Offering to the Gods – A Ritual Deposition and Other Forms of Religious Communication in Vindonissa
Sabine Deschler-Erb/Regine Fellmann/Andrew Lawrence/Michael Nick/Jürgen Trumm
In 2016, during an excavation outside the southern defenses of the legionary camp of Vindonissa, a ritual deposition was discovered. The find spot is located in the vicinity of a road leading to the valleys to the south of the camp, in an area with otherwise no religious architecture. The deposition con-sists of a completely preserved cooking pot, 21 oil lamps (with a further lamp beneath the pot), 21 coins and the re-mains of at least 22 burnt femura. In a first step, by examin-ing the finds and their arrangement, our poster will present this new deposition and offer a possible interpretation. In a second step, other forms and sites of religious communica-tion in Vindonissa will be highlighted. Insight will be given into the impact the arrival and withdrawal of the troops had on the religious communication in around the camp, and also how the ritual activity of the military and civilian communi-ties may have influenced one another.
Slaves in Teutoburgium?
This paper presents shackles found in Dalj (Teutoburgium), which are kept in the Archaeological Museum in Zagreb. Iron shackles have been identified during the revision of the Dalj collection of The Greek and Roman Department in 2017. Unfortunately, the archaeological context data is lacking, but there is no doubt about the findspot. Such shackles were normally used to restrain convicts, prisoners and slaves. Thus, they are not likely to have been used for military slaves (unless there were some disciplinary issues, but this remains purely speculative), but they certainly could have been used for prisoners of war. Such finds on military sites raise series of questions that have to be thourougly discussed, without necessarily providing clear and definite answers.
Fishing at the Upper Moesian frontier: Remains of freshwater and migratory fish from Viminacium (Upper Moesia, Serbia)
Ivana Živaljević, Sonja Vuković – Bogdanović, Ivan Bogdanović
The site of Viminacium, a legionary fortress and the capital of the Roman province Upper Moesia/Moesia Prima, is situated on the right bank of Mlava river near its confluence with the Danube. Its location and the vicinity of water suggest that fishing must have contributed (at least to some degree) to the diet of its citizens and legionaries. However, fish remains are fairly scarce in the Viminacium faunal assemblage, represented only by a few dozen of bones (in comparison with several thousands of mammal bones). This is primarily a consequence of hand – collecting of animal bones. Nonetheless, although much fewer in number, fish remains offer insights into fishing and fish supply practices in this Roman city and consequently in the Upper Moesian frontier in general, as the Viminacium faunal assemblage is the only one analysed in this part of the limes. The largest assemblage comes from the area of the city itself – the Roman amphitheatre and its surroundings, but also from settlements located outside of the city and fortress. Fish remains include those of catfish, cyprinids, pike, as well as migratory sturgeons (including its largest representative – the beluga sturgeon). In order to understand the significance of fishing and the role of fish in the diet at the Upper Moesian frontier, we will look into contextual data, taxonomic composition, taphonomic data and biometry of fish remains. We will further discuss possible supply routes of highly valued fish in Roman times – large beluga sturgeon at the frontier and inlands. We will also take into account the archaeological findings of fishing equipment from Viminacium, particularly fishing hooks and weights used for fishing nets. The diachronic changes in fishing practices (from the 2nd until the 4th century AD) will also be discussed, namely the differences in the spectrum of species and fishing equipment with respect to certain periods.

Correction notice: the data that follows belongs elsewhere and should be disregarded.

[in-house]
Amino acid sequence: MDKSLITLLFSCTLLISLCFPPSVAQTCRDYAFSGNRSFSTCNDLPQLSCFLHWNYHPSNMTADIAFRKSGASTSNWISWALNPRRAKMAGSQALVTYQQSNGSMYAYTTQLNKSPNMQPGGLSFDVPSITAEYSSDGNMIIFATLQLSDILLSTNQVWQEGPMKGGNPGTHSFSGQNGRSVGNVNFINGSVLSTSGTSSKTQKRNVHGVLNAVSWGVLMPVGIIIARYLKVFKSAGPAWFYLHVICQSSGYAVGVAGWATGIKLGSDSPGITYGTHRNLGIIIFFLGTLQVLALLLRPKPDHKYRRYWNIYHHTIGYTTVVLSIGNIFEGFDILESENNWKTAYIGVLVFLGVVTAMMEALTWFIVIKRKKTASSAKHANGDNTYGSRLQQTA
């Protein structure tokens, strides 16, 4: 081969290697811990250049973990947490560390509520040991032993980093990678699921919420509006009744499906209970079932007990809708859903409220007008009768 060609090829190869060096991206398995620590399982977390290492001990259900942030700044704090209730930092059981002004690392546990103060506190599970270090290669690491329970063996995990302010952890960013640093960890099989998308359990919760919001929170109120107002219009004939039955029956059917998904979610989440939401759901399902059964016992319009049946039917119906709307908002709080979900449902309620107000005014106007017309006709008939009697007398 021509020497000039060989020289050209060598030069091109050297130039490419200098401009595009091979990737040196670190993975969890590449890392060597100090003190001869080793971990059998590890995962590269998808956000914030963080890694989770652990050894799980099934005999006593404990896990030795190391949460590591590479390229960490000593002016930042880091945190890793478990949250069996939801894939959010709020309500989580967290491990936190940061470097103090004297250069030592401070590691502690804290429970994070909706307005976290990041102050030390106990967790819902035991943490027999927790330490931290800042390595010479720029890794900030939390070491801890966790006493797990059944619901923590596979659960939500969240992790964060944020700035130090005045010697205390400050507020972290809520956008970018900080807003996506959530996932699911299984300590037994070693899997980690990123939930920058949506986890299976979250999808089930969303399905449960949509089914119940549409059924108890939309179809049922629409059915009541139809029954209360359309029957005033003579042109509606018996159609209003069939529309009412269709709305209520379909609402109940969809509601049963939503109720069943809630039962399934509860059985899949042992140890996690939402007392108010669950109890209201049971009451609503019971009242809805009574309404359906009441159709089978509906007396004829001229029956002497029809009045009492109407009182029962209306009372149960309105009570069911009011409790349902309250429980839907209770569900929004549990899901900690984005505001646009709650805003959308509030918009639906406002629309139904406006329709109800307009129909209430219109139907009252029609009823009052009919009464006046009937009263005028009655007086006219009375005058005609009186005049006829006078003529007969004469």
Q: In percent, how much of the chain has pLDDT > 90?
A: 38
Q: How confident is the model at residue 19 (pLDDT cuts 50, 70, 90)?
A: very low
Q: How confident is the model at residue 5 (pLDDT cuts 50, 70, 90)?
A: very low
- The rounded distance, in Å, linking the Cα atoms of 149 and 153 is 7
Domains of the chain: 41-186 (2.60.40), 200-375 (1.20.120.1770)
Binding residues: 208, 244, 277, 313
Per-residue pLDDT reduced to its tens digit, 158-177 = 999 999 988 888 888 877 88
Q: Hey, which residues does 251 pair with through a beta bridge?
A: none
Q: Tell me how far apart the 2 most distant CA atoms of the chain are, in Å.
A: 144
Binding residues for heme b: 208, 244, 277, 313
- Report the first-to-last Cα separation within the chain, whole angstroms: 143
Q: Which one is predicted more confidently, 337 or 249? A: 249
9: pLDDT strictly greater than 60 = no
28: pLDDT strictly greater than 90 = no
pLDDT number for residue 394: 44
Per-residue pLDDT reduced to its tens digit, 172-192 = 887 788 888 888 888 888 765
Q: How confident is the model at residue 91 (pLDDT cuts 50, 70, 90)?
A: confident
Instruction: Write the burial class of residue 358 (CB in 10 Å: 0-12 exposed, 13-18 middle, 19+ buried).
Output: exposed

A Stronghold of the Lower Danube’s Hinterland: New Fieldwork on the Fortifications of Zaldapa, Bulgaria
Brahim M’Barek, Dominic Moreau, Nicolas Beaudry
with the collaboration of
Georgi Atanasov, Valeri Yotov, Albena Milanova
Zaldapa is largest known Romano-Byzantine stronghold of the hinterland of Romano-Byzantine Scythia and Moesia Secunda. The city was known in the sixth century as the birthplace of General Flavius Vitalianus († 520), who rebelled against Emperor Anastasius I and contributed to the rise of the Justinianic dynasty; later sources also mention the city as an episcopal see.